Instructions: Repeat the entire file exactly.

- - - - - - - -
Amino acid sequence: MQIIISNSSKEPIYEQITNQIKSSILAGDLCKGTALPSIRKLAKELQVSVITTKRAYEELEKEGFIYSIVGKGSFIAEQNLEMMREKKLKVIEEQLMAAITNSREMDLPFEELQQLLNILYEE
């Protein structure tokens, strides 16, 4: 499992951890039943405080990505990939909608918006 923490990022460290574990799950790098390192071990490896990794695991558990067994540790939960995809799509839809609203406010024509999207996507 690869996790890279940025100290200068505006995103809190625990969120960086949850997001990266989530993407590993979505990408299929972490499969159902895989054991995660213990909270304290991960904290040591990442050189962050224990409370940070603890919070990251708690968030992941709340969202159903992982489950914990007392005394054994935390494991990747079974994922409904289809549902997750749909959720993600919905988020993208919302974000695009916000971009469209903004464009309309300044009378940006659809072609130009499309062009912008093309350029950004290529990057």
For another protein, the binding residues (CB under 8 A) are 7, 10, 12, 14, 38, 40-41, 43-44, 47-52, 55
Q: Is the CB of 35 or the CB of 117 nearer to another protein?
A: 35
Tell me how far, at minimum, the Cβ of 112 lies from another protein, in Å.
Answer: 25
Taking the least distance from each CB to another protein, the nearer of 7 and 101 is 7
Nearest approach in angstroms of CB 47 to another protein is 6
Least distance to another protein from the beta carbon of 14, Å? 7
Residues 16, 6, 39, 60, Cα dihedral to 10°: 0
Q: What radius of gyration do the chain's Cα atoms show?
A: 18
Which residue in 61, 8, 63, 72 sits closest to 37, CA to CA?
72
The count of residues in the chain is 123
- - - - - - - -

Amino acid sequence: MQIIISNSSKEPIYEQITNQIKSSILAGDLCKGTALPSIRKLAKELQVSVITTKRAYEELEKEGFIYSIVGKGSFIAEQNLEMMREKKLKVIEEQLMAAITNSREMDLPFEELQQLLNILYEE
């Protein structure tokens, strides 16, 4: 499992951890039943405080990505990939909608918006 923490990022460290574990799950790098390192071990490896990794695991558990067994540790939960995809799509839809609203406010024509999207996507 690869996790890279940025100290200068505006995103809190625990969120960086949850997001990266989530993407590993979505990408299929972490499969159902895989054991995660213990909270304290991960904290040591990442050189962050224990409370940070603890919070990251708690968030992941709340969202159903992982489950914990007392005394054994935390494991990747079974994922409904289809549902997750749909959720993600919905988020993208919302974000695009916000971009469209903004464009309309300044009378940006659809072609130009499309062009912008093309350029950004290529990057």
For another protein, the binding residues (CB under 8 A) are 7, 10, 12, 14, 38, 40-41, 43-44, 47-52, 55
Q: Is the CB of 35 or the CB of 117 nearer to another protein?
A: 35
Tell me how far, at minimum, the Cβ of 112 lies from another protein, in Å.
Answer: 25
Taking the least distance from each CB to another protein, the nearer of 7 and 101 is 7
Nearest approach in angstroms of CB 47 to another protein is 6
Least distance to another protein from the beta carbon of 14, Å? 7
Residues 16, 6, 39, 60, Cα dihedral to 10°: 0
Q: What radius of gyration do the chain's Cα atoms show?
A: 18
Which residue in 61, 8, 63, 72 sits closest to 37, CA to CA?
72
The count of residues in the chain is 123